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The stuffies at Connie and Ted’s brings New England soul food to the west coast, delivering an authentic east coast experience with every bite.

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Transcript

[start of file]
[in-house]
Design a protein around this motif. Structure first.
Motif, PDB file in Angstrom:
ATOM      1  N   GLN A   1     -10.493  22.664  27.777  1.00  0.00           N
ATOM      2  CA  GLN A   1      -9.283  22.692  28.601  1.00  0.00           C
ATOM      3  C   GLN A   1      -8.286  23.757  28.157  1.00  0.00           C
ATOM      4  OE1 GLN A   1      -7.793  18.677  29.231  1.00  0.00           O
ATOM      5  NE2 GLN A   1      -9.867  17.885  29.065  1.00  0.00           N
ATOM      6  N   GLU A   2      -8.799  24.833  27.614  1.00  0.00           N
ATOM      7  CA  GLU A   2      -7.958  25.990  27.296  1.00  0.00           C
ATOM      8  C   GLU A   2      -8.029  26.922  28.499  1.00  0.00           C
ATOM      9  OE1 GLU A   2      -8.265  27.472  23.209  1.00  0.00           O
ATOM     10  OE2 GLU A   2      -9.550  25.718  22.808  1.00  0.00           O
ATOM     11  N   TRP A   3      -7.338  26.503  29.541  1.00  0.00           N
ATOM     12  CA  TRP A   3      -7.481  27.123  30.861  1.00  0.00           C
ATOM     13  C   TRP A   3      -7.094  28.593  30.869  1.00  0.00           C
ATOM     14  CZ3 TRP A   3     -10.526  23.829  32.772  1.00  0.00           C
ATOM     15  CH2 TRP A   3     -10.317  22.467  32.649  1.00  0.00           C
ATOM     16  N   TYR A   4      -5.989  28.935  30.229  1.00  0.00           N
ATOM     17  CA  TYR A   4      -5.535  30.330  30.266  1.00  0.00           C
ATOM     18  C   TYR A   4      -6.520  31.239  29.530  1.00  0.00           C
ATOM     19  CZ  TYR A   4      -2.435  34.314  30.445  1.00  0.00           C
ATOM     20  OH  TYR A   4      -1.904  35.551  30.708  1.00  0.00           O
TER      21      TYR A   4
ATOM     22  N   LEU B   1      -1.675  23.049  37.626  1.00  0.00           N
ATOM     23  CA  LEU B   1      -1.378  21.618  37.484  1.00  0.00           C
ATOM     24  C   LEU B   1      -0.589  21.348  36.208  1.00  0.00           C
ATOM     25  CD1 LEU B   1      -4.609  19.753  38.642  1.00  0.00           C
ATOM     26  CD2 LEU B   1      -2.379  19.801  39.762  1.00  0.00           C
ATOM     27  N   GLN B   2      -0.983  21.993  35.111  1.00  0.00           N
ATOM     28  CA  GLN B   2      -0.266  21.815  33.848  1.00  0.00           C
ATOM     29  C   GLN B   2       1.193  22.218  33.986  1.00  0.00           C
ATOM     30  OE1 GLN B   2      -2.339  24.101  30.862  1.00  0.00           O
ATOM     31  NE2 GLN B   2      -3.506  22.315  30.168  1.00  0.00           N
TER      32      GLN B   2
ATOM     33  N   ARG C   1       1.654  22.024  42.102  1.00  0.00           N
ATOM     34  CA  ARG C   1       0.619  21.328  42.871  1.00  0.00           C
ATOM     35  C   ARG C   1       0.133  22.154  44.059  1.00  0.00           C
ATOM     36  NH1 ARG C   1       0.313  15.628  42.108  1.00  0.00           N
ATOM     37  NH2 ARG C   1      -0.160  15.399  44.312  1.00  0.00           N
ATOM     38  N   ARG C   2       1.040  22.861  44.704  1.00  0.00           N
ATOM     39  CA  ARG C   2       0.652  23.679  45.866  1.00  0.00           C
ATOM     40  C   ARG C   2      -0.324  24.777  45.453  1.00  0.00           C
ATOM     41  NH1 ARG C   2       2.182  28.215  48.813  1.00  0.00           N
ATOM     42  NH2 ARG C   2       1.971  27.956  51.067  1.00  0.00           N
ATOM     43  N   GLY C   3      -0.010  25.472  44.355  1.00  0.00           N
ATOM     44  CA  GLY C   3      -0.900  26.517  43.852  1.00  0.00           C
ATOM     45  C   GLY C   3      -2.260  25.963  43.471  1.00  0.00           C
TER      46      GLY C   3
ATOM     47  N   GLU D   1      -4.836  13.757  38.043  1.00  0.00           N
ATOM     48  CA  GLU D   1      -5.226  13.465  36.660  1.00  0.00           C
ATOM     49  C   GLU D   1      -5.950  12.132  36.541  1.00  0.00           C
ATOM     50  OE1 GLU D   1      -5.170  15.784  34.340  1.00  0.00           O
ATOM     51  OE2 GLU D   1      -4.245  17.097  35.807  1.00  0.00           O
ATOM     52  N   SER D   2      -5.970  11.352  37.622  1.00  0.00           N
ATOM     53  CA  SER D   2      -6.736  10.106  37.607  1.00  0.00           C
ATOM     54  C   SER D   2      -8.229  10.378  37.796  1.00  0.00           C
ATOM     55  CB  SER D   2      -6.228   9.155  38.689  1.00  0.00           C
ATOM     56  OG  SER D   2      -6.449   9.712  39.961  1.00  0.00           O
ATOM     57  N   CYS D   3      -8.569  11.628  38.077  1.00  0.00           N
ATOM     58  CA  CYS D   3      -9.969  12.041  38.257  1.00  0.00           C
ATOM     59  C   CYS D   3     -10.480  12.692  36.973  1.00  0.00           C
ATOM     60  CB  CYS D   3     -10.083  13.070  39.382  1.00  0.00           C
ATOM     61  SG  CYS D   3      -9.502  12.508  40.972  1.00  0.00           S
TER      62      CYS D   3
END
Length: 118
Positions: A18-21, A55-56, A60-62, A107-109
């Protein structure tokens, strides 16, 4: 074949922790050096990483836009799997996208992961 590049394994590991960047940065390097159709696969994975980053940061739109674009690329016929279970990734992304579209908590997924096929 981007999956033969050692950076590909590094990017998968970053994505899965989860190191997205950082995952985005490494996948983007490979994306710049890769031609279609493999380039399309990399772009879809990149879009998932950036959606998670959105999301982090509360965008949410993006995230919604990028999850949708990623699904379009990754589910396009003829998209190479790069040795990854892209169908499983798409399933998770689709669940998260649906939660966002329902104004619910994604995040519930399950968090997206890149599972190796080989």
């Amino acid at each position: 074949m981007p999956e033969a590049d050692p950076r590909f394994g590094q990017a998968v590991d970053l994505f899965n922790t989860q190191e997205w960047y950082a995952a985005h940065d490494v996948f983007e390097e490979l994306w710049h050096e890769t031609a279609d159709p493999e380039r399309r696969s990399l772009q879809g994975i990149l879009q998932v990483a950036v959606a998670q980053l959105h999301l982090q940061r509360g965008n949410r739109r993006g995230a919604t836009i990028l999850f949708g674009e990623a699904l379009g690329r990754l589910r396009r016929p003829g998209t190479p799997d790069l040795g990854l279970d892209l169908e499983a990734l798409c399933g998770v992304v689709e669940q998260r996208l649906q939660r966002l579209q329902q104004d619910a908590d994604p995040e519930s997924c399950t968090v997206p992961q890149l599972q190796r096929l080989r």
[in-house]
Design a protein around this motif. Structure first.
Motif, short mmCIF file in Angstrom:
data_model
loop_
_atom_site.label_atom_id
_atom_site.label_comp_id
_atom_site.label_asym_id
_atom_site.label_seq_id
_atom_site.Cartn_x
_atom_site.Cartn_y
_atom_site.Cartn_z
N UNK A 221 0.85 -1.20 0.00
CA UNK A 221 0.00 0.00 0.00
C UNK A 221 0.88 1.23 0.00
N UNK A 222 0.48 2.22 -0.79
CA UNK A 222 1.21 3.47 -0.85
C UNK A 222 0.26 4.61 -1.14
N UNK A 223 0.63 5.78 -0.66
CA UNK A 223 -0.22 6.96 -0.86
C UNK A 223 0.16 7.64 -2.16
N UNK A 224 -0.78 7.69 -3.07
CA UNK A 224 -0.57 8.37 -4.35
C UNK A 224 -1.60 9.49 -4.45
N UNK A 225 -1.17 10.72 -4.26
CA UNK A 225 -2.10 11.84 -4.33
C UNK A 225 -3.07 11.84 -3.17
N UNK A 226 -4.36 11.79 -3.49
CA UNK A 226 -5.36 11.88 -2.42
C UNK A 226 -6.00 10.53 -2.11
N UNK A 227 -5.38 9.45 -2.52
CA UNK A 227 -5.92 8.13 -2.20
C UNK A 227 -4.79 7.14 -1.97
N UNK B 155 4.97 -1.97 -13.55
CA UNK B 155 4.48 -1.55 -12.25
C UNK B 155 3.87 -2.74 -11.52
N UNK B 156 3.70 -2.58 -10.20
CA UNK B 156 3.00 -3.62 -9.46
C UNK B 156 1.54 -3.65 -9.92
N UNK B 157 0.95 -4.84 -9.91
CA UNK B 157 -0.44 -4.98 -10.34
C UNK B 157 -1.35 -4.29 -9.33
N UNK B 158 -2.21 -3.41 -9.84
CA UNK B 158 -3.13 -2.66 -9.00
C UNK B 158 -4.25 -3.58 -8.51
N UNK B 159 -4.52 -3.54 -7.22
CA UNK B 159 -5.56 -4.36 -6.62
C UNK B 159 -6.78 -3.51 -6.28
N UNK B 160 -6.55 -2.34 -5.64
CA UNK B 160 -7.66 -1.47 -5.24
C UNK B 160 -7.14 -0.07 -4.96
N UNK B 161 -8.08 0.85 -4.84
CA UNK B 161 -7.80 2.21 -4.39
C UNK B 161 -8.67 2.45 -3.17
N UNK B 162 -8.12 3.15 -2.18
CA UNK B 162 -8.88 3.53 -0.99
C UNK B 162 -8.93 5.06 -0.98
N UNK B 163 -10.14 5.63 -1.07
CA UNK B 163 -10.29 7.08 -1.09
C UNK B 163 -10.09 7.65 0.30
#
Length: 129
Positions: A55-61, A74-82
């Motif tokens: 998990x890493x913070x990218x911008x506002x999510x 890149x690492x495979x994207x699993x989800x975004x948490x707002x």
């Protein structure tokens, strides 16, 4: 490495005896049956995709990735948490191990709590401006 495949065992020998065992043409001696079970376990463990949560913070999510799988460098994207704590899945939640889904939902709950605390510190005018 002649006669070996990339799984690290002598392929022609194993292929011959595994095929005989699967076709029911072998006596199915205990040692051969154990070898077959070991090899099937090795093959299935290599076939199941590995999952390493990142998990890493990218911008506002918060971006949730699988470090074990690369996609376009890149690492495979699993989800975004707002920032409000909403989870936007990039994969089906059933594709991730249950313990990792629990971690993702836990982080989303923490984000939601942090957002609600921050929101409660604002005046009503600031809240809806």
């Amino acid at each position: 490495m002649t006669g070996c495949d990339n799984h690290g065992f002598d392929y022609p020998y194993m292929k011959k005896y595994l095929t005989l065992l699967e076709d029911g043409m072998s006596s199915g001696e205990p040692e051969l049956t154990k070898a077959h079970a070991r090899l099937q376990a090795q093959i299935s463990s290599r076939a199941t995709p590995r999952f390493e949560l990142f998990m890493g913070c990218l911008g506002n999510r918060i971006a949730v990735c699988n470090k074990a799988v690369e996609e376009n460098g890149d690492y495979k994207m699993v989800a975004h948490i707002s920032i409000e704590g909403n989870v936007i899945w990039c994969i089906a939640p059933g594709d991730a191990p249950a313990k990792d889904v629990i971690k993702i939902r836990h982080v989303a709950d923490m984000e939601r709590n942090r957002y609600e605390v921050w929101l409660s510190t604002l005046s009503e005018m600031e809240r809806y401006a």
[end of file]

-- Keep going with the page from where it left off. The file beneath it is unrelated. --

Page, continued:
- Stuffies are like snowflakes, and everybody has their own version. Here at Connie and Ted's, we wanted ours to be about freshness, lots of clams, lots of pork, and some delicious little seasonings in there just to bring the whole thing together. Hi, I'm Michael Cimarusti, and I'm a partner here at Connie and Ted's. - And I'm Sam Baxter. I'm the chef at Connie and Ted's here in West Hollywood, California. - I spent all my summers in Rhode Island in Narragansett, and so, clam shacks were always the place that we would go. The restaurant is named after my grandparents, Constance and Ted, and with this restaurant, what I really wanted to do was sort of recreate the menu that you would find in a clam shack back in Rhode Island, but we wanted to do it, everything, 100% made in house. - [Sam] This food is the soul food of New England. We couldn't call ourselves a clam shack or a New England style seafood house without stuffies on the menu. - Given the fact that my uncle is Portuguese, I knew that I wanted our stuffy to sort of be an homage to the Portuguese culture that still exists in coastal New England today. - These stuffies are part of the menu here at Connie and Ted's. We're hitting with nostalgic soft points in people's hearts from growin' up in New England and also just bringing New England to people that have never had a chance to experience it before. When we do anything here at Connie and Ted's, we always want to use the best possible ingredients we can, and you got the smokiness of the linguiça, the sweetness of the peppers and onions, that garlic kinda comin' through also, and just that clammy kinda oceany goodness, and I wouldn't have it any other way. - First thing we're gonna do is dice the linguiça. The linguiça's important for its flavor and for the fat that it provides, but really, the dish is about the clam so we wanna keep it small. - We have a pan over medium-high to high heat. We get the olive oil just to the point where it's about to smoke and then add in the sausage, let it brown and render out some of the flavor. - While we're rendering out the sausage, dice the onion and the bell pepper. We really want them to almost melt away throughout the cooking process so they're still recognizable, but really, they give up all of their flavor and sweetness to the overall product. - Once linguiça's rendered, we're gonna pull it from the pan and you wanna keep all that fat 'cause that fat is great flavor at this point. We're gonna add our onions and our peppers. We're gonna sweat the veg to get it tender. Also, we're extracting flavor is always kinda the name of the game for us. - Whilst I'm sweating the peppers and the onions, I'm gonna make a little garlic paste, and I use a little bit of Morton kosher salt to do that. It's sort of an old school trick that helps you pulverize the garlic into a paste with the salt acting as an abrasive. Using the side of the knife, grind the minced garlic into a paste. - So, once the peppers and onions have reached a desired doneness, we're gonna add our garlic. We don't wanna add the garlic too early because the heat needed to cook the peppers and onions could potentially burn the garlic. Once the veg is all the way cooked, the garlic is aromatic, we're gonna take our reserved sausage and put that back in the pan. Toss it all together, just kinda marry all the ingredients one more time. So, once everything's cooked, pull the mixture onto a cooling tray. I'm gonna spread it out in a nice, thin layer. The idea is you don't wanna mix the warm vegetable and sausage mixture with the cold clams and the breadcrumbs. - While the mixture cools, we're gonna shuck our cherrystone clams. Once we have our clams shucked, we're holding onto everything. So, we're keeping the juice, we're keeping the clam meat, and then we're keeping the shells, which is gonna be the vessel for our stuffy mixture. - When we chop the clams, we wanna actually kinda keep the clam pieces quite large compared to the other items that we've chopped earlier. So, when you get that bite of clam, you know that you're gettin' clam. - Now, we're ready to make our stuffy mixture. We're gonna start out by adding our cooled sausage mixture to a large mixing bowl. Next, we'll add our clams and our fresh breadcrumbs, our parsley, Tabasco, and our Worcestershire sauce. We're gonna add the zest of just one lemon, and we wanna do this because we want that sort of pervasive flavor of lemon that the zest will give you. And we're gonna use the Morton fine sea salt to season the stuffies, and the reason that we do that is because it dissolves very very readily and offers us that perfect level of salinity that we're looking for. We finish the mixture with extra virgin olive oil and the clam juice that we reserved. I like to mix everything by hand. You're sort of feeling for a particular consistency and a particular sort of level of moisture. You have to sort of suss out when you're putting it all together. - To hold the stuffies upright, we're gonna take a baking sheet and fill it with Morton kosher salt. It acts as a nice little pedestal for the clams to sit on, and it also kinda helps radiate some heat from the bottom and really help with the cooking. We couldn't do this process without the Morton kosher salt. When stuffing the shells, you're basically just looking for a domed filling. Imagine if you had both sides of the shell still stuck together. The amount of stuffing you'd use is what would make the shell look like a whole clam again. - You wanna keep the mixture light and fluffy and loose because if you pack it too much, then they just becomes like a gummy, bready mess and they feel much heavier than they would otherwise. A light touch is important. Right before we put 'em in the oven, we're gonna put a little bit more fresh breadcrumb overtop of the stuffy and then moisten that breadcrumb with extra virgin olive oil. - We're gonna bake our stuffies in a oven around 375 degrees. Timing takes between 20 to 25 minutes. When it looks golden brown and has that nice texture on the outside of it, they're done and ready to go. - We remove the stuffies from the oven, we put a little bit of the Morton coarse sea salt in a bowl. We put the coarse sea salt in a bowl just 'cause it's easier to control, and then we just add a little pinch over top of each one right before they're served. - [Sam] When it comes time to serving, we're gonna take another tray and fill it with Morton kosher salt. We want to have that warmed up a little bit, and we'll place four of those stuffies on that tray. We have Connie and Ted's stuffies right there. - When you eat our stuffies here at Connie and Ted's, the first thing that you get are the clams and the pork and then the sweetness from the aromatics and the spices from the linguiça, and of course, you get that perfect sort of pitch of salinity from the Morton coarse salt that we finished the clams with. - People love the stuffies for various reasons. Either this is something they grew up with in their childhood or they're having them for the first time and just have no idea how much flavor can be packed in these little shells. - They might not be your mother's stuffies, but we hope that they'll be a faithful rendition of what a great stuffy should be and that they transport you back to summers in coastal New England. To me, this restaurant, from its inception, is always about nostalgia and family, and I think these stuffies are emblematic of that in every way.